Before I get into this, I should mention that I do repair work on every brand of electric kiln, and have a business relationship with most kiln manufacturers. I only sell L&L kilns, but I buy parts from all the kiln makers. In order to maintain a good relationship with these companies should they read this blog, I'm going to try not to say anything bad about any specific brand. If you would like a recommendation on a new kiln, feel free to contact me and I will be happy to assist you in choosing one. Or if you're thinking about buying a used kiln, I can help you decide if it's going to be worth the money. So here we go:
The purchase price of a new kiln doesn't vary much from brand to brand, for the same size kiln. A 23 inch wide, 27 inch tall kiln is approximately the same price whether it's a Skutt, Paragon, L&L, Evenheat, Amaco Excel or Blue Diamond. There is some variation in pricing, but only a couple hundred dollars. The main differences are in the features you get for that price, and the quality. But what most people don't realize is that there can be a huge difference in maintenance costs after you buy the kiln in regards to both parts and labor.
The cost of replacement parts should be a factor in choosing a new kiln. You will have to replace the elements, relays and thermocouples several times in the life of a kiln. New elements for the 23 inch kiln mentioned above can vary in price from $42 to $90 depending on the brand. That's a $288 difference for a full set of 6 elements! A production potter who needs new elements every year will spend an extra $2880 over ten years. That's the price of a new kiln! Prices on replacement bricks, thermocouples and relays can also vary widely.
Another big difference is in the amount of labor needed to replace those parts. Some examples:
- Some kilns require putting a pin in every corner of the bricks to hold the elements in place. That doubles the amount of time it takes to put in elements compared to those that don't use pins.
- Some kilns use crimp-on connectors to connect the elements to the feeder wires. These must be cut every time you change the elements, and the wires must be stripped and re-crimped. This takes longer than screw on connectors, and really causes a problem if you make a mistake in connecting all the wires, because they cannot be easily removed.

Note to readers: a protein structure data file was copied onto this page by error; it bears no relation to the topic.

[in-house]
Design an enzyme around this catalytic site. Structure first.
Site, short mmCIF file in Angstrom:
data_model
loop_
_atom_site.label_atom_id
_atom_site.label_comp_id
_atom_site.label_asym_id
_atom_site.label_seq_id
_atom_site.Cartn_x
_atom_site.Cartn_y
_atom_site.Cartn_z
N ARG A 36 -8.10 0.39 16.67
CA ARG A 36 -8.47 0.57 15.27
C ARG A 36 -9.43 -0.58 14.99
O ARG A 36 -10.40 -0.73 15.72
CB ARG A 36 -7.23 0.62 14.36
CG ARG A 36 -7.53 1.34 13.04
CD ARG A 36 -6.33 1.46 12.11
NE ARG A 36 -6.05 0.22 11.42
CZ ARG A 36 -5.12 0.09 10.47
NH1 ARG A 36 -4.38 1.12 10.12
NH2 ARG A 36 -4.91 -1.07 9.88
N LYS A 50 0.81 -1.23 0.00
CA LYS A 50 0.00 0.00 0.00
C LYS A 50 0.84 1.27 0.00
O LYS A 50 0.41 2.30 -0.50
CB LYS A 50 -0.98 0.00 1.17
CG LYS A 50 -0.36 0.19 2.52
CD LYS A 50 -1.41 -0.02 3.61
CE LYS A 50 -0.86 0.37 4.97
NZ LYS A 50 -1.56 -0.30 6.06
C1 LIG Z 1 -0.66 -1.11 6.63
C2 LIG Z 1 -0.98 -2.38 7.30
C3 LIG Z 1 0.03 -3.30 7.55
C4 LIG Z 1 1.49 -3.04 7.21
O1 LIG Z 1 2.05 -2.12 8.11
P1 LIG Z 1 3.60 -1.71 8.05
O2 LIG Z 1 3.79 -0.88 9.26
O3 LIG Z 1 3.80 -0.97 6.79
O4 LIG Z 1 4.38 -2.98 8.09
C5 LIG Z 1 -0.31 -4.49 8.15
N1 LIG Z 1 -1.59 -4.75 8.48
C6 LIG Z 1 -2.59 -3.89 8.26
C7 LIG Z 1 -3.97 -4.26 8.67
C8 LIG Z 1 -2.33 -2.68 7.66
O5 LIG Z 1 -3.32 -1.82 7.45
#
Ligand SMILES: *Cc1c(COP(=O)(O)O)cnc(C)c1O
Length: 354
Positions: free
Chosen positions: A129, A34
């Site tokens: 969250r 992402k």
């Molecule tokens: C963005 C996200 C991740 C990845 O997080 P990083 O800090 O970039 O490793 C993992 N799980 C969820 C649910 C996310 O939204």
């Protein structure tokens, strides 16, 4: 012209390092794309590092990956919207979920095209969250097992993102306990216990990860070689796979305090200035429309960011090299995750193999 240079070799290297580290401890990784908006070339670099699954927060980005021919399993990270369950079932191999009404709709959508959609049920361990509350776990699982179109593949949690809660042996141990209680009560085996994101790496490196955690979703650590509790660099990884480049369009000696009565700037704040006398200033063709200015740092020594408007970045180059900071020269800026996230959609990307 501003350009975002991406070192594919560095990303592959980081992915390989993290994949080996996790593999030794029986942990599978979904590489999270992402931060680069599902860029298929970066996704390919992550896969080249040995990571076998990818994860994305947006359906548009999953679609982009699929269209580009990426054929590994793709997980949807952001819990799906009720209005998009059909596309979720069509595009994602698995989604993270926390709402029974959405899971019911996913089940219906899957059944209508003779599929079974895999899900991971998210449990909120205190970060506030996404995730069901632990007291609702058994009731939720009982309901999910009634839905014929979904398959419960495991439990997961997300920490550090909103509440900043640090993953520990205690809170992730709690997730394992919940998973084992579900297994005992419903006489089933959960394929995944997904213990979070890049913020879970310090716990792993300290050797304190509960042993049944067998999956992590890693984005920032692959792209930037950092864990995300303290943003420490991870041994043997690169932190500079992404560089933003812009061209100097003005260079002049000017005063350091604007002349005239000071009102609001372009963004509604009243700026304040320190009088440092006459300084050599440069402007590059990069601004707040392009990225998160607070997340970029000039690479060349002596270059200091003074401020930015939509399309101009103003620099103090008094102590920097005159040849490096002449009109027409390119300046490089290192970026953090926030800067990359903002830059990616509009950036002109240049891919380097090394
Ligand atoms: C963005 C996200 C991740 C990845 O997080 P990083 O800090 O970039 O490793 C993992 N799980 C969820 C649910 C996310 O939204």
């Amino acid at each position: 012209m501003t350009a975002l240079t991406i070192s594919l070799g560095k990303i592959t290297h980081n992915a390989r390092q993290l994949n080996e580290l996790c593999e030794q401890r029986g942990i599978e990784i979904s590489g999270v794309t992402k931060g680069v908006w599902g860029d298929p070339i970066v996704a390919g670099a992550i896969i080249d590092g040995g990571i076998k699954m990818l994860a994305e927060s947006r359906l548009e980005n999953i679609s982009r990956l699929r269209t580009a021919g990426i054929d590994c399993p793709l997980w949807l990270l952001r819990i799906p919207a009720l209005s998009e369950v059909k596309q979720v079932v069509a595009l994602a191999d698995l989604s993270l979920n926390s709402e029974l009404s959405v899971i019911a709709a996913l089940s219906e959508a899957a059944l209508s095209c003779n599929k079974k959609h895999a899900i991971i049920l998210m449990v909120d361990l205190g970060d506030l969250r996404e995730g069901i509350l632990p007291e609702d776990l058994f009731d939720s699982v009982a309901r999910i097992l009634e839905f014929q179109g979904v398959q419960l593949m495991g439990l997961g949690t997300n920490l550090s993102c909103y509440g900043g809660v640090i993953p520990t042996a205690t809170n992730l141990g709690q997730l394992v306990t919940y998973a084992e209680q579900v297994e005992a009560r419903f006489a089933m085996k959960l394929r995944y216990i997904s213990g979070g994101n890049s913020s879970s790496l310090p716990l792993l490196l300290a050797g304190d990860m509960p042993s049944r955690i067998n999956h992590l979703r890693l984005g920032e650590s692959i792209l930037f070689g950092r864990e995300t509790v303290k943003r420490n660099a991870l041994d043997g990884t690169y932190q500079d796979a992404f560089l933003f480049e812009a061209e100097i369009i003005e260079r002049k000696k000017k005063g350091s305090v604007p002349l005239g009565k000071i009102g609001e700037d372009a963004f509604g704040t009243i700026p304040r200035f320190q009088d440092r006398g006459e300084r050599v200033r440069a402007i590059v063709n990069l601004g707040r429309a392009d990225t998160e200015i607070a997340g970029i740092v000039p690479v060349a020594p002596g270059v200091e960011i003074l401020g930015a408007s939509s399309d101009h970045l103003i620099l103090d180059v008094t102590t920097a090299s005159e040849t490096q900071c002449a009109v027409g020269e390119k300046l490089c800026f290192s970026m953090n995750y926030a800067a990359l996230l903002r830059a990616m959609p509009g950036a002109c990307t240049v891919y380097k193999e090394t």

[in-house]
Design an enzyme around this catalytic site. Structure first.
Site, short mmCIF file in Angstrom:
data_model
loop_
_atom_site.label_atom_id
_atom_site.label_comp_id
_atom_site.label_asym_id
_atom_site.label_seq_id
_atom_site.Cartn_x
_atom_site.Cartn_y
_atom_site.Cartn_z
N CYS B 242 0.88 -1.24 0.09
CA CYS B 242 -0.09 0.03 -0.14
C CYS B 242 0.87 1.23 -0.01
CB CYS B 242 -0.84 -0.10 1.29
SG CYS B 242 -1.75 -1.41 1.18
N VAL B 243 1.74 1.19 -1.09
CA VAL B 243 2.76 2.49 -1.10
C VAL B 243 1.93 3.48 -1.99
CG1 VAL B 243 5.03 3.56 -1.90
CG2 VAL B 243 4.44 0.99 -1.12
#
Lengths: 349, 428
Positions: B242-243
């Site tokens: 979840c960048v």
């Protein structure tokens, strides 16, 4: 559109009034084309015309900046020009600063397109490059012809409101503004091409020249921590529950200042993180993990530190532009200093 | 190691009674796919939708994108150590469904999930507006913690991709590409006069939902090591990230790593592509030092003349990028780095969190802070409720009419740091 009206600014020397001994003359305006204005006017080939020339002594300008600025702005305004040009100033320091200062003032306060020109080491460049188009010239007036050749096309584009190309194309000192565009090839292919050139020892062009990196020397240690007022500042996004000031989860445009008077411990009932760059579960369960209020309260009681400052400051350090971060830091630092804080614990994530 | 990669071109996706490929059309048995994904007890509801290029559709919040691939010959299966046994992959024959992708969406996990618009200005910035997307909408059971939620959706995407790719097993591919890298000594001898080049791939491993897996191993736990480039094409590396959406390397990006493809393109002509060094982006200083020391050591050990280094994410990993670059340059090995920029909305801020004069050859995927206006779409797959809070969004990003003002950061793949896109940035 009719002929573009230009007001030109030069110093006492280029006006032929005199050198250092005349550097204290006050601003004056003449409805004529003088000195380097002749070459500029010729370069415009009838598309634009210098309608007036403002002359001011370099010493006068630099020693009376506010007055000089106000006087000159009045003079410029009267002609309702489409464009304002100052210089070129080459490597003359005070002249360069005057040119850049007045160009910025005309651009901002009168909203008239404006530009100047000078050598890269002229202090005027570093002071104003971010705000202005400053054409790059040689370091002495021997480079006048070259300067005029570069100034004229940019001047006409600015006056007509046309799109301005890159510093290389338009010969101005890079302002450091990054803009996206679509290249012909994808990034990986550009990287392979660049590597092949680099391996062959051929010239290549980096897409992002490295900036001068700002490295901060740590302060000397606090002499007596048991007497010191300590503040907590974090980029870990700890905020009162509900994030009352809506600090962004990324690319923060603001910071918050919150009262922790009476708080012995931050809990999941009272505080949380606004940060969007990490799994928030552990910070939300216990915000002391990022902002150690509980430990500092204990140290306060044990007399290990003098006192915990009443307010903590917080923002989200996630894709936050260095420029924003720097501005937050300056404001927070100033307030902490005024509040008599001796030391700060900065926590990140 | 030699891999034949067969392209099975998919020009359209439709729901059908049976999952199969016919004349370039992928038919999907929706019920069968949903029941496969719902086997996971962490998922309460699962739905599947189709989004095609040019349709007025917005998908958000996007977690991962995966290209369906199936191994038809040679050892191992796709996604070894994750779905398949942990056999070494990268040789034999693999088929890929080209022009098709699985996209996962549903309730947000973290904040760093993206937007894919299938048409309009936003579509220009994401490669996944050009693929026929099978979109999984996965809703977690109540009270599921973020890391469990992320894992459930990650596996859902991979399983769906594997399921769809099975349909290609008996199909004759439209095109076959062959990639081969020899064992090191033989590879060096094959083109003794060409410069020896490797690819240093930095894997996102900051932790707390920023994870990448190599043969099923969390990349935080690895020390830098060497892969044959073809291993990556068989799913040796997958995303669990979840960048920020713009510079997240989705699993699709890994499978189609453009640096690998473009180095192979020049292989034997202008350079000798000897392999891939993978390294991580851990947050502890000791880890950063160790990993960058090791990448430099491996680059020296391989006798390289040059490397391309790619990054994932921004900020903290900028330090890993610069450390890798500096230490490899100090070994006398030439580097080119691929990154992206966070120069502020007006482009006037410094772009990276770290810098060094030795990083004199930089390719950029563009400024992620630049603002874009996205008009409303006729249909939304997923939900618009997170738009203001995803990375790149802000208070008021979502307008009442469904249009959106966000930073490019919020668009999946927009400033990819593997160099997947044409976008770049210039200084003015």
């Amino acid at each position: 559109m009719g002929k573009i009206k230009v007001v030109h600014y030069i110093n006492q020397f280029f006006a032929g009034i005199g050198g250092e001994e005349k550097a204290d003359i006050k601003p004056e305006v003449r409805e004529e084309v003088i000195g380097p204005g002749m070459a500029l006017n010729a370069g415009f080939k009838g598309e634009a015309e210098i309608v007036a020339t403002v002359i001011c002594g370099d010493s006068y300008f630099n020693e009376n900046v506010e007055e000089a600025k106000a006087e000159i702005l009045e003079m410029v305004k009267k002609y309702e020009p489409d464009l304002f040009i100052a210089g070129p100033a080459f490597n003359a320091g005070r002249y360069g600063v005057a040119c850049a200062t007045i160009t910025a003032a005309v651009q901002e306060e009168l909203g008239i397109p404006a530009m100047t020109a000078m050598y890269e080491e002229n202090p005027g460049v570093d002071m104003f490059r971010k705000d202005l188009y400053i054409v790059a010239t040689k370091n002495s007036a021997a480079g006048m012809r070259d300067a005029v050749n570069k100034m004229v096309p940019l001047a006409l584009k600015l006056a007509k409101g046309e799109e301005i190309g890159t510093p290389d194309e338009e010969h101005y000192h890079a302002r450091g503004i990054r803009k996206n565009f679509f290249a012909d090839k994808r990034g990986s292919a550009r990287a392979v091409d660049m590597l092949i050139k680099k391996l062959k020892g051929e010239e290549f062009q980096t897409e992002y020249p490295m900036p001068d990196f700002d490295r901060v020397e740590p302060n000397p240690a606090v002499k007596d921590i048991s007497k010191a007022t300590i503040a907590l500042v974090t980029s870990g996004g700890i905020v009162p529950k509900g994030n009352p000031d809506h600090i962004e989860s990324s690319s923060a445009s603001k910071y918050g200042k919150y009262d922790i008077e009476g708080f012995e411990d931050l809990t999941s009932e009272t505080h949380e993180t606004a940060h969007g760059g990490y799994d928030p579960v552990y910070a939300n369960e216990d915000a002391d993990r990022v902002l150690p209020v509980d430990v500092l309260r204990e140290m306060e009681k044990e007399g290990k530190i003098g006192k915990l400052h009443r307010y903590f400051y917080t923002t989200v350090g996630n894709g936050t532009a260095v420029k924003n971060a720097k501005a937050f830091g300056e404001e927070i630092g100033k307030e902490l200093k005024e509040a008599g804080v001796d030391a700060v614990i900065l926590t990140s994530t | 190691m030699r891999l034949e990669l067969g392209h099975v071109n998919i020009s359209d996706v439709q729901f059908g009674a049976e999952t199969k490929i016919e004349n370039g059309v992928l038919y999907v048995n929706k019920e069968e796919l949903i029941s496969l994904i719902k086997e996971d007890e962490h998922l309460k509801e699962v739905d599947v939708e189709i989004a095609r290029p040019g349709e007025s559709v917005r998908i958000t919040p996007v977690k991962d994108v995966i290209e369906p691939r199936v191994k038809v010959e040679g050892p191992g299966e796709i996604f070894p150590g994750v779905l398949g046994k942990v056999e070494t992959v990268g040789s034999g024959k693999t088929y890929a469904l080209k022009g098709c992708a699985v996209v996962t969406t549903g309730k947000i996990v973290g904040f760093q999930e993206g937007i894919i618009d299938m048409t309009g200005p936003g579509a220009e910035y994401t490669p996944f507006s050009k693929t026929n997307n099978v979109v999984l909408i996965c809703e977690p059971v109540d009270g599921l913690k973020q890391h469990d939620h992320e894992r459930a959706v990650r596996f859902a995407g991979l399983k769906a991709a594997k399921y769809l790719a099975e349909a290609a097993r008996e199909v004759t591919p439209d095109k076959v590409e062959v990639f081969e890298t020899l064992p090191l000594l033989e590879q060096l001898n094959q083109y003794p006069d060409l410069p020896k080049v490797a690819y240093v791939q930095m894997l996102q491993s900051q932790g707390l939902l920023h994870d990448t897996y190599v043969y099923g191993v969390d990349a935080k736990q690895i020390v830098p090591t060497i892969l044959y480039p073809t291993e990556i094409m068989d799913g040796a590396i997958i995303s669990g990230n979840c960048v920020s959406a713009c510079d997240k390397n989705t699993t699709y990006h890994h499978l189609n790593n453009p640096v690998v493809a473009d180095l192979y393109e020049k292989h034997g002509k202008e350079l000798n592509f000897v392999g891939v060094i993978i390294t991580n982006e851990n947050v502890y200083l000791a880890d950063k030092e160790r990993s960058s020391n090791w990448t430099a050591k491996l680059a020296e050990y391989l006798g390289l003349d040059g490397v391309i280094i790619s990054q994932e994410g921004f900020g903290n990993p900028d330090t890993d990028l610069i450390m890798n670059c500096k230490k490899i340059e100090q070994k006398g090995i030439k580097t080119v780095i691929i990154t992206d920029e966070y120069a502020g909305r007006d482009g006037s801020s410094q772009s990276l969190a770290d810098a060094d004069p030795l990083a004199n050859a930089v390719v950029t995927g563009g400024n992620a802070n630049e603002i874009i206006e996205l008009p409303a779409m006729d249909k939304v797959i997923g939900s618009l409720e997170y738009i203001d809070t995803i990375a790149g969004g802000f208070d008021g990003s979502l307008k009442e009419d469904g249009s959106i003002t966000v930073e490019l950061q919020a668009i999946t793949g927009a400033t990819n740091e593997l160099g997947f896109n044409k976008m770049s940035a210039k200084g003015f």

- Some brands are very difficult to change out parts in the control box, such as the relays. It all depends on how everything is laid out in the box, and how they are mounted.
- Kilns that don't have a hinged control box are much more difficult to repair and require more time because it is harder to get access to the parts.
- It takes much longer to replace bricks in kilns that have sections that are more than 2 bricks tall, because you have to remove more bricks to get to the broken ones.
Labor is a factor whether you're paying someone to do the work, or doing it yourself. You don't want to spend a fortune paying a repair guy like me to do the work, nor do you want to waste your own time.
All new kilns come with a warranty, but the length of the warranties vary. And most only cover parts, not labor. If you're buying your kiln from a local shop, ask if they offer a labor warranty. I offer a labor warranty to all my local customers where I will cover the labor to install all parts claimed on the warranty.
Finally, there is the durability factor. Some kilns are more durable than others, and therefore will require fewer replacement parts in the long run. This is mostly an issue with the bricks. Some brands have deep grooves for the elements that don't require pins, but the deep grooves tend to break out easier. Some brands just seem to have more durable bricks for some reason. Others use hard element holders that are nearly indestructible and make the bricks last nearly forever.
So there's a lot to think about beyond the purchase price of the kiln. Feel free to email me if you have any questions, or contact your local kiln repair guy for his opinion.